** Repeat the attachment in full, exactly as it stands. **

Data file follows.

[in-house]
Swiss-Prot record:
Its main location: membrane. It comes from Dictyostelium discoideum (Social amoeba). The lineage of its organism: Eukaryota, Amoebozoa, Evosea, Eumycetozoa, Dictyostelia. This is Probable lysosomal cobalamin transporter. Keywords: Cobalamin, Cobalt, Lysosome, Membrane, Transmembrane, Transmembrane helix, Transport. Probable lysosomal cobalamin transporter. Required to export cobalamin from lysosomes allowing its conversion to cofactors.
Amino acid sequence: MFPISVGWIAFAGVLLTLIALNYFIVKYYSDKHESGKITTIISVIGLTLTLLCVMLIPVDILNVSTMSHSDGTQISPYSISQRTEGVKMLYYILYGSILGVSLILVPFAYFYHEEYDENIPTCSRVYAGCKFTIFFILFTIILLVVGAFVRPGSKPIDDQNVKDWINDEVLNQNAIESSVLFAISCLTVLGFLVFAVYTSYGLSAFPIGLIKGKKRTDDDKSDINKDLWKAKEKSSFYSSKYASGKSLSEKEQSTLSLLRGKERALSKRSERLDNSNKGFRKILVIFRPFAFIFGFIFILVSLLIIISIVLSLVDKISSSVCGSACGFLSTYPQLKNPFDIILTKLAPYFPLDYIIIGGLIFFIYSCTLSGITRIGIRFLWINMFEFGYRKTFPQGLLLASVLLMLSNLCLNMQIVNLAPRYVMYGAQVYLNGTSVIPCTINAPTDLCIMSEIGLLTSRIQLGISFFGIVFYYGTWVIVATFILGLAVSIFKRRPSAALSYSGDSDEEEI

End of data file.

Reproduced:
[in-house]
Swiss-Prot record:
Its main location: membrane. It comes from Dictyostelium discoideum (Social amoeba). The lineage of its organism: Eukaryota, Amoebozoa, Evosea, Eumycetozoa, Dictyostelia. This is Probable lysosomal cobalamin transporter. Keywords: Cobalamin, Cobalt, Lysosome, Membrane, Transmembrane, Transmembrane helix, Transport. Probable lysosomal cobalamin transporter. Required to export cobalamin from lysosomes allowing its conversion to cofactors.
Amino acid sequence: MFPISVGWIAFAGVLLTLIALNYFIVKYYSDKHESGKITTIISVIGLTLTLLCVMLIPVDILNVSTMSHSDGTQISPYSISQRTEGVKMLYYILYGSILGVSLILVPFAYFYHEEYDENIPTCSRVYAGCKFTIFFILFTIILLVVGAFVRPGSKPIDDQNVKDWINDEVLNQNAIESSVLFAISCLTVLGFLVFAVYTSYGLSAFPIGLIKGKKRTDDDKSDINKDLWKAKEKSSFYSSKYASGKSLSEKEQSTLSLLRGKERALSKRSERLDNSNKGFRKILVIFRPFAFIFGFIFILVSLLIIISIVLSLVDKISSSVCGSACGFLSTYPQLKNPFDIILTKLAPYFPLDYIIIGGLIFFIYSCTLSGITRIGIRFLWINMFEFGYRKTFPQGLLLASVLLMLSNLCLNMQIVNLAPRYVMYGAQVYLNGTSVIPCTINAPTDLCIMSEIGLLTSRIQLGISFFGIVFYYGTWVIVATFILGLAVSIFKRRPSAALSYSGDSDEEEI